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Communication and Medicine

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‘Screwed for life’: Examining identification and division in addiction narratives

Denise Jodlowski / Barbara F Sharf / Loralee Capistrano Nguyen / Paul Haidet / Lechauncy D Woodard
Published Online: 2007-08-22 | DOI: https://doi.org/10.1515/CAM.2007.003

Abstract

In this study, we investigate the use of narrative in online conversations among persons suffering from chronic opiate addiction and evaluate both its positive and negative uses. Illness narratives, as argued by sociologist Arthur Frank and psychiatrist/medical anthropologist Arthur Kleinman, enable patients to give order to life experiences and receive support from others. We wished to explore under what circumstances online support coalesces and breaks apart. The narratives we examined exemplify two topics frequently discussed on the message board: the recovery process and what it means to be ‘clean’. To better understand these narratives from a theoretically based approach, we used the work of rhetorical theorist Kenneth Burke. Burke's description of two human motives, suffering and perfection, led us to an understanding of how unification and division happened within the online community. We found that the recovery narrative primarily embodied the author's suffering and, consequently, received support from other members of the message board. The second narrative centered on what it means to be ‘clean’ through a discussion of the author's desire to court temptation, revealing what Burke calls the rotten nature of perfection. As a result, the author of the narrative provoked disagreements and did not receive support.

Keywords: illness narratives; opiate addiction; social support; recovery; Online communication; Burke

About the article

Denise Jodlowski

Denise Jodlowski (M.A., Wake Forest University) is a doctoral candidate at Texas A&M University in the Department of Communication, where she studies rhetoric and health communication.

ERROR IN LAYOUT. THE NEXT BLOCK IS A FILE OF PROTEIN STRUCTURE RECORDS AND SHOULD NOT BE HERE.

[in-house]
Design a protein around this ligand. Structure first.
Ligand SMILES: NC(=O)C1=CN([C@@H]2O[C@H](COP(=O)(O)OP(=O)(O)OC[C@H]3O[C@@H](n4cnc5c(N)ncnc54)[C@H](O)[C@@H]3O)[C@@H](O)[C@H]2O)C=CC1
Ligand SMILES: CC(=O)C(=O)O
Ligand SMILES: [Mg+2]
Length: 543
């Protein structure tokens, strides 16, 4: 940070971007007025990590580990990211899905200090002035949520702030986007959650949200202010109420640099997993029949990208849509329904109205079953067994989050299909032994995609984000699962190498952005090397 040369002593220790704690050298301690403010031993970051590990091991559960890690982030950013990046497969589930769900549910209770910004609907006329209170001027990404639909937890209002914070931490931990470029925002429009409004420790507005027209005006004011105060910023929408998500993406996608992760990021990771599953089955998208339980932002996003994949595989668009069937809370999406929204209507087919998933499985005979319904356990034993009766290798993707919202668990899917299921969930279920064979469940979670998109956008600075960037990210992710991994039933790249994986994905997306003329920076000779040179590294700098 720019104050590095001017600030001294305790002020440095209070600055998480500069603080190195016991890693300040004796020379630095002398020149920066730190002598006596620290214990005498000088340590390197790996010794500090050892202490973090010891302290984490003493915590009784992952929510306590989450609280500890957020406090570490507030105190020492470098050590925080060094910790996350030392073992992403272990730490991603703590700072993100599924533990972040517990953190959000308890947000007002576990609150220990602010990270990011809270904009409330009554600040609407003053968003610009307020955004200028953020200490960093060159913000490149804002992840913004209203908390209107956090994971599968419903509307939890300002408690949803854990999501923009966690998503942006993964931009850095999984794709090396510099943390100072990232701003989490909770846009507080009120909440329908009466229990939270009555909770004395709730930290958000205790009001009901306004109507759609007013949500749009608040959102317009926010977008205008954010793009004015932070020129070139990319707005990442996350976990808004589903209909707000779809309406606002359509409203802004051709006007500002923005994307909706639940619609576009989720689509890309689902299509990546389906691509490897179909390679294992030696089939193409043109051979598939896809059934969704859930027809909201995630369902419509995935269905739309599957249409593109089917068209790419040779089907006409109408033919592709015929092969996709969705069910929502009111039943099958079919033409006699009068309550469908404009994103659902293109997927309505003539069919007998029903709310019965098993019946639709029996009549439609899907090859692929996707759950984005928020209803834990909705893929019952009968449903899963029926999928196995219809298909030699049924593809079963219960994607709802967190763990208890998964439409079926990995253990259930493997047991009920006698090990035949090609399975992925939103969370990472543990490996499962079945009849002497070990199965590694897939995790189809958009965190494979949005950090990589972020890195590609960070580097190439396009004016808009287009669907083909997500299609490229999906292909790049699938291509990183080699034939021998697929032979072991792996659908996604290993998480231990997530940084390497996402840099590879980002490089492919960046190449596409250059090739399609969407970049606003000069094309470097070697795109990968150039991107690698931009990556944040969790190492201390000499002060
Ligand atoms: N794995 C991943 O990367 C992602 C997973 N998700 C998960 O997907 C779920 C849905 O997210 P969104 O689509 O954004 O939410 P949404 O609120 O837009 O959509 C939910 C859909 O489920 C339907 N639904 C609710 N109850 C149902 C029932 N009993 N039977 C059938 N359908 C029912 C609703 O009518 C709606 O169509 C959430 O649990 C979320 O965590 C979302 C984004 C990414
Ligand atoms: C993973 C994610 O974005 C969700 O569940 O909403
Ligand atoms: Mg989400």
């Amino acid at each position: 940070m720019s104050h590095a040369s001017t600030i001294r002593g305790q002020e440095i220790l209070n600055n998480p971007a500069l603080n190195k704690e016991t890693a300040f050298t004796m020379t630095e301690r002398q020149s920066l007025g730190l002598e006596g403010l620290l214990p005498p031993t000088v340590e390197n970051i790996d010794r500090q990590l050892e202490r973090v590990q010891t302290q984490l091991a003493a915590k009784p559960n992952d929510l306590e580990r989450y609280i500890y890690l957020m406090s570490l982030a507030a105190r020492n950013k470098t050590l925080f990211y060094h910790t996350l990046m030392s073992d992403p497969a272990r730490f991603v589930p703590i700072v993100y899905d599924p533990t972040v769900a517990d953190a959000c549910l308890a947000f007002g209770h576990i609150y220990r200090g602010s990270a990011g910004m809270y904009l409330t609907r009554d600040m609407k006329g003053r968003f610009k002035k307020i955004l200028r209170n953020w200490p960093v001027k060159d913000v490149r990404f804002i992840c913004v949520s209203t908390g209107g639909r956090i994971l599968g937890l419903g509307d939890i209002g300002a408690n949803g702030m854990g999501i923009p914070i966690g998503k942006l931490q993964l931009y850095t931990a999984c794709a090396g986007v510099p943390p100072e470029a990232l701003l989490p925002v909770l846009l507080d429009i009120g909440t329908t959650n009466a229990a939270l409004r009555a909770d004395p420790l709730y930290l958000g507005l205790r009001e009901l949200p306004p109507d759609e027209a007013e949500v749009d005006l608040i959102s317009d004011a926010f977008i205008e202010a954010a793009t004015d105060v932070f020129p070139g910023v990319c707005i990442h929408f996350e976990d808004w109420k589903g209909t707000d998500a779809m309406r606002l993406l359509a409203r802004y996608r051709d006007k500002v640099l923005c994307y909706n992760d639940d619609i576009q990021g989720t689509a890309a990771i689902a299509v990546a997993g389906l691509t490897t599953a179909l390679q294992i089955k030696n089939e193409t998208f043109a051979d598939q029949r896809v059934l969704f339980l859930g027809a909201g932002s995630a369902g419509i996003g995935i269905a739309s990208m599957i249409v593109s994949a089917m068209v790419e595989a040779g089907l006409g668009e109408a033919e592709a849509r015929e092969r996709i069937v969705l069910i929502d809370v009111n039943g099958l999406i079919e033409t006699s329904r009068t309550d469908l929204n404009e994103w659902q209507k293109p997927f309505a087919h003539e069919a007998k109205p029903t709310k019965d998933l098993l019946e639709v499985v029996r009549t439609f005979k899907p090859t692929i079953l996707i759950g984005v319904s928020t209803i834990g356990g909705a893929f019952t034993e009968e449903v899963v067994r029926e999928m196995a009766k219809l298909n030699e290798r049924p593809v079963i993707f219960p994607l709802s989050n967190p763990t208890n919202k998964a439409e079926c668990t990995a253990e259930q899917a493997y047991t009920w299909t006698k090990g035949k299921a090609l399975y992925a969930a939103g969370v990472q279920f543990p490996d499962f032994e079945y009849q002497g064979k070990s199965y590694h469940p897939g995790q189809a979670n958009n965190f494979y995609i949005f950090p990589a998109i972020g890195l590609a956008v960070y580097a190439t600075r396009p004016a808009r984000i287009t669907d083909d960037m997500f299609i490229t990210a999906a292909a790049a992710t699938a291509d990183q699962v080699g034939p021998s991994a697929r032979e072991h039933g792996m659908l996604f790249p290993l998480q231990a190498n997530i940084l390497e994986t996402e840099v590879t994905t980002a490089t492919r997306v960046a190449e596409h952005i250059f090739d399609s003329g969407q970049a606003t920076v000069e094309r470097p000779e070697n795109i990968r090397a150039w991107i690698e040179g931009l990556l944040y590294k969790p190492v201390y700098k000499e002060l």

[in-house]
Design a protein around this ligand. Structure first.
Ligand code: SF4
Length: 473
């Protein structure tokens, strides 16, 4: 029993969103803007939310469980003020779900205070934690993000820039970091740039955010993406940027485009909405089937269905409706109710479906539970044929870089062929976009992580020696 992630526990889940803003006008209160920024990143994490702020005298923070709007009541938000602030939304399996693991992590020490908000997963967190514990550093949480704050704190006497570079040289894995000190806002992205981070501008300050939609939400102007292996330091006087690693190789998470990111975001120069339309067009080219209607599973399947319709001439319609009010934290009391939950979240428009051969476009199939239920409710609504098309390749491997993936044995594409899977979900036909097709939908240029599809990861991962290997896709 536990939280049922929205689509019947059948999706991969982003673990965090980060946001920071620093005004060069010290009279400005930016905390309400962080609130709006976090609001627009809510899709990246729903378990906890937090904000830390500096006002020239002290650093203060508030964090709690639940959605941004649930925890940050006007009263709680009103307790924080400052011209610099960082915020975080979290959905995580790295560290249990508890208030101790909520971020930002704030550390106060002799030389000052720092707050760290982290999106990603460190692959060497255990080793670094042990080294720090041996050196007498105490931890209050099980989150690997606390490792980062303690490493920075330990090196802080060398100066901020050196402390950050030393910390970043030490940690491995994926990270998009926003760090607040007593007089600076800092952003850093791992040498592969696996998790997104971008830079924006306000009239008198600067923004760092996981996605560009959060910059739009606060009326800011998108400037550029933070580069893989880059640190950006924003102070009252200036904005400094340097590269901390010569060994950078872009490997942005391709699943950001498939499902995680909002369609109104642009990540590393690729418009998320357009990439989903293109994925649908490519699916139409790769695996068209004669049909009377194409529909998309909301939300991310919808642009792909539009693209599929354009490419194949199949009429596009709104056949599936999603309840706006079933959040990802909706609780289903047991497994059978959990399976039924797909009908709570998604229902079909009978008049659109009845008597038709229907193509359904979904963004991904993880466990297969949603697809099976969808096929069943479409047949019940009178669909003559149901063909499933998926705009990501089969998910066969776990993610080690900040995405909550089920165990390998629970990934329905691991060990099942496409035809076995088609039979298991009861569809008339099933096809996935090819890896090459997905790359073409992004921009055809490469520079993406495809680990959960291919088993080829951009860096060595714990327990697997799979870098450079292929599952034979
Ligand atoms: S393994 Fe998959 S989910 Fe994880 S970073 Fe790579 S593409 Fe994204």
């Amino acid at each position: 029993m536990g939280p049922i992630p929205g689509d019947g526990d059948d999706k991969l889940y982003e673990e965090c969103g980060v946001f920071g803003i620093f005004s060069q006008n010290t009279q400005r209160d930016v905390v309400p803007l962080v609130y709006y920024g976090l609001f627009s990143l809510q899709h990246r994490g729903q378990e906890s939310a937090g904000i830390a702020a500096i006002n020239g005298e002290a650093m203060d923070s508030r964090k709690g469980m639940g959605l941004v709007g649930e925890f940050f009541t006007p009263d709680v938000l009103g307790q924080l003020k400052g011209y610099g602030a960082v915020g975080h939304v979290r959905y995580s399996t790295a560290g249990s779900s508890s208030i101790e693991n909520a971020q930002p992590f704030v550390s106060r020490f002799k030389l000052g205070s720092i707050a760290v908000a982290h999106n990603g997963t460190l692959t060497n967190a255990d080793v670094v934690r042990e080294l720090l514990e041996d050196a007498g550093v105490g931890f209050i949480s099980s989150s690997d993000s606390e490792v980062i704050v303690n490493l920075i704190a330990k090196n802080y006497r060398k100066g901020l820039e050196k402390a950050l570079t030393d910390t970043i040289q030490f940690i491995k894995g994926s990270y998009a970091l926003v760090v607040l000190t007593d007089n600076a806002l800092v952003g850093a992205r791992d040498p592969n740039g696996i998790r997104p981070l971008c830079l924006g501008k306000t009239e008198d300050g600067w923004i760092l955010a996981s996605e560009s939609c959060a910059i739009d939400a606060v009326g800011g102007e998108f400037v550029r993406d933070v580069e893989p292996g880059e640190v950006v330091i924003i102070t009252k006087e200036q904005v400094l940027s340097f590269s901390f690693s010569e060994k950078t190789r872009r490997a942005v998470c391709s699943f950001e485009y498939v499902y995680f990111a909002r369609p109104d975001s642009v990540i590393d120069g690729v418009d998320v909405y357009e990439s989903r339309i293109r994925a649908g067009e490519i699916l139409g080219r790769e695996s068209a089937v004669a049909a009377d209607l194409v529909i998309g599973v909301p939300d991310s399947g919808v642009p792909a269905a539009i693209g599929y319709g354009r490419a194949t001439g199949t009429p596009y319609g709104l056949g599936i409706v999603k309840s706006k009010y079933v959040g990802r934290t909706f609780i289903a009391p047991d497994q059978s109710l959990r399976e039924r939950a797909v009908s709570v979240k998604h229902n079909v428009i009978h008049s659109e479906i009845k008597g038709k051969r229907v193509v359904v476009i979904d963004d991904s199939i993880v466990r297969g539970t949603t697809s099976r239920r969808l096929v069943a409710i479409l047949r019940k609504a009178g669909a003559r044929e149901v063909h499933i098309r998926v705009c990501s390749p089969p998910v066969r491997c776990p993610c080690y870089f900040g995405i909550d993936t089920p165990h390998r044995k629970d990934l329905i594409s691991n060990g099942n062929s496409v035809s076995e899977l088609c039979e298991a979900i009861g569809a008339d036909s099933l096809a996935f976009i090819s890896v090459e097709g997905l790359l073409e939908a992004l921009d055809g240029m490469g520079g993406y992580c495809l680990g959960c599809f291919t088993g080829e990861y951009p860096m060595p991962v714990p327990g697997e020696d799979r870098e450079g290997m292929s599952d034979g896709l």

Barbara F Sharf

Dr. Barbara F. Sharf (Ph.D., University of Minnesota) is Professor of Communication at Texas A&M University, where she teaches courses in health communication, interpretive methods, and narrative inquiry. In 2005, she was selected as the National Communication Association/International Communication Association Outstanding Health Communication Scholar.

Loralee Capistrano Nguyen

Loralee Capistrano Nguyen (M.P.H., University of Texas Health Science Center) is a research staff member at the Houston Center for Quality of Care and Utilization Studies, the health services research section of Baylor College of Medicine and the Department of Veterans Affairs in Houston, Texas.

Paul Haidet

Paul Haidet (M.D., M.P.H.) is a staff physician at the Michael E. DeBakey Veterans Affairs Medical Center and Assistant Professor of Medicine at Baylor College of Medicine in Houston, Texas.

Lechauncy D Woodard

LeChauncy D. Woodard (M.D., M.P.H.) is Assistant Professor in the Department of Family and Community Medicine and the Department of Medicine, Division of Health Services Research at Baylor College of Medicine.


*Address for correspondence: Texas A&M University, Department of Communication, 4234 TAMU, College Station, TX 77843-4234.


Published Online: 2007-08-22

Published in Print: 2007-05-29


Citation Information: Communication, Volume 4, Issue 1, Pages 15–26, ISSN (Online) 1613-4087, ISSN (Print) 0341-2059, DOI: https://doi.org/10.1515/CAM.2007.003.

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